September '15

For the Business of Apparel Decorating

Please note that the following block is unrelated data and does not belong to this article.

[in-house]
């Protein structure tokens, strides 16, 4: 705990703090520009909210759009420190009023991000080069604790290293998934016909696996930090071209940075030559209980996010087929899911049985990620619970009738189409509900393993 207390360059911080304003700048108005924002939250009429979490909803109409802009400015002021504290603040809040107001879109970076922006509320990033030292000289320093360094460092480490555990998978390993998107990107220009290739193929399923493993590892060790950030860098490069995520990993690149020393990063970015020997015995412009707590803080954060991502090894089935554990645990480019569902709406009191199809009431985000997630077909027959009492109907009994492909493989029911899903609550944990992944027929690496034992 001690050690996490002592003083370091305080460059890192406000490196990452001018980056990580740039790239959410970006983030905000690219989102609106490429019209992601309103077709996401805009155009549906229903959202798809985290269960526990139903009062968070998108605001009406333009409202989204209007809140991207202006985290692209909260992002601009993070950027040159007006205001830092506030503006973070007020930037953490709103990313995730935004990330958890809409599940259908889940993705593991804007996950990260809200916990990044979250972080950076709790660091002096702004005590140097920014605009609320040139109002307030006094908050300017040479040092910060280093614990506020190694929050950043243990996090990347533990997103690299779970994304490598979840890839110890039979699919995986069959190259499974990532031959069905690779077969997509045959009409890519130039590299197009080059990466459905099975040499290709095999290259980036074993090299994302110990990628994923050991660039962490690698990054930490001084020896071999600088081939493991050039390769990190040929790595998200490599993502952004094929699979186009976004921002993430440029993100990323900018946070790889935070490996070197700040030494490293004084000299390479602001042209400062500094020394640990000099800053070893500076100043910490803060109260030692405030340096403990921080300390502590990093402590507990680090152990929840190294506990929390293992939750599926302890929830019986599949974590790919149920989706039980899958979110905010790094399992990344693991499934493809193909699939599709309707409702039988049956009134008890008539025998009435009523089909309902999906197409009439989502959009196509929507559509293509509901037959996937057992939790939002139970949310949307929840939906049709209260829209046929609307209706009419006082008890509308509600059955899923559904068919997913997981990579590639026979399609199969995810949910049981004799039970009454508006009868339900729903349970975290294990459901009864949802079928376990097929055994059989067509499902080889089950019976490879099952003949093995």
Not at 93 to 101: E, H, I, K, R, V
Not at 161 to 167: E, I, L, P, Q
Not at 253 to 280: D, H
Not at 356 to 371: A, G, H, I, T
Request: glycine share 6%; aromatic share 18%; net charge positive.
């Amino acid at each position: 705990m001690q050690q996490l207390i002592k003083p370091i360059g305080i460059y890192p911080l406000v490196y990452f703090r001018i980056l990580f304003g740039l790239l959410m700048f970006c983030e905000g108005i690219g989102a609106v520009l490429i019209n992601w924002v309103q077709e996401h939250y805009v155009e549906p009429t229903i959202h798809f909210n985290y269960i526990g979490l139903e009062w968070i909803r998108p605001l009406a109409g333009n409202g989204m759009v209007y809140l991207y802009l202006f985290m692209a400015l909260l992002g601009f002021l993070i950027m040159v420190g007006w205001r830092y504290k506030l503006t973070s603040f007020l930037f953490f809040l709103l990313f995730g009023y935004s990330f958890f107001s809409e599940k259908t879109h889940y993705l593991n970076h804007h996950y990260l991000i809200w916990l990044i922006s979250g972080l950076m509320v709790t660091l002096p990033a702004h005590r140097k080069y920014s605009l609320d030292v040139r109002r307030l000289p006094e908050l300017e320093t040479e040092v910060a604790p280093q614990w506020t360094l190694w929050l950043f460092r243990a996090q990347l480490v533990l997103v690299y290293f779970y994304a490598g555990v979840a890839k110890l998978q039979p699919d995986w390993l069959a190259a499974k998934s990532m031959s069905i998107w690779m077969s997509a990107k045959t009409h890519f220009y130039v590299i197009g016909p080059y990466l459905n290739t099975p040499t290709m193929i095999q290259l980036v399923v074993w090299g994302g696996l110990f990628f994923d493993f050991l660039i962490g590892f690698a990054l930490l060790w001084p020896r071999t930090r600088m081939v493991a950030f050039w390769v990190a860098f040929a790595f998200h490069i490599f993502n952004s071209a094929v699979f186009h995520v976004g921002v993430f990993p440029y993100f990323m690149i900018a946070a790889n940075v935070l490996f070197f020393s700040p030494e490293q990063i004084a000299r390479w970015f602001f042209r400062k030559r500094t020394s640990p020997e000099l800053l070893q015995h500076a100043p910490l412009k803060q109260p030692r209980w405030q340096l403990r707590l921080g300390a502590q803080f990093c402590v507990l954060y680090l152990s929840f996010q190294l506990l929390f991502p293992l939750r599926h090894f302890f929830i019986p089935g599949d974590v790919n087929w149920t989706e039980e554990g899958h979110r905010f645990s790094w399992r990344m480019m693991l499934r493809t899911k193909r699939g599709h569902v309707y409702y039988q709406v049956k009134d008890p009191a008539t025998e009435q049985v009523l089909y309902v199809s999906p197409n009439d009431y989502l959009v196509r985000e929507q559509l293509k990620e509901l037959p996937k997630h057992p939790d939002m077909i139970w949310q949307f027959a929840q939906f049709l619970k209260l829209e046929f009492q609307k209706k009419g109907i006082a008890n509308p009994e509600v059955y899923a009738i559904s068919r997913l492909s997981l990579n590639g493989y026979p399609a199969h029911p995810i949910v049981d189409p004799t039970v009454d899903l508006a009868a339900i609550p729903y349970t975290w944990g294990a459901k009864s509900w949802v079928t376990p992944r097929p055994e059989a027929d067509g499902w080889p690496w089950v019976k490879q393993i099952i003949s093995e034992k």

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2 0 1 5 S E P T E M B E R P R I N T W E A R || 97 Printing on a white 100 percent cotton shirt is easy. Spraying a pretreat solution on the garment is not necessary, although some believe pretreating a white shirt pro- vides a more brilliant color and is worth the extra expense and time. When printing on a black or colored shirt, and technically anytime you print white ink, you must always apply a pre- treat solution, and then cure that pretreat solution prior to printing. Consistency of the pretreat fluid ap- plication is absolutely critical. You must control all three axes: X (left to right), Y (up and down), and Z (the distance from the shirt to the spray nozzle), in addition to the amount of pretreat deposited on the garment. It is exceptionally difficult, if not impossible, to control these factors when spraying by hand. All mid- and high-volume direct-to-garment printing facilities use professionally designed auto- matic pre-treat spray devices. It is also crucial to weigh your deposit of pretreat fluid and document the num- ber for future reference. The amount of fluid will depend on the shirt you are printing on, the color of the garment, and your particular printing environment. A good starting point is 1.5 to 1.7 grams per inch, based on a width of 16". For example, if you are applying pretreat to a 16" wide by 20" long area, the amount of applied pretreat will be 30–34 grams, for a medium weight garment. The process of weighing the actual amount of pretreat solution applied to the shirt is easy. Set your gram scale on a level surface, put a bucket or box on top of the scale, and put the untreated shirt in the container. Tare the weight, spray the shirt, and re-weigh. The resulting weight is the amount of pretreat you have ap- plied to the garment. When using a heat press to dry-pretreat, do not use a Teflon sheet or silicone treat- ed parchment paper to protect the gar- ment. Instead, use a non-silicone treated parchment paper as a protective sheet. Do not clamp the heat press too tight. Simply lower the heat press to apply light pres- sure for 5–10 seconds at 330 degrees F. You will see moisture escape from the side of the heat platen. Then lift the transfer platen, quickly remove the pretreat cur- ing paper, and press again for an addition- al 15–20 seconds with heavy pressure. Overall cure time is around 30 seconds in two stages. If after 30 seconds there is still moisture trapped in the shirt,

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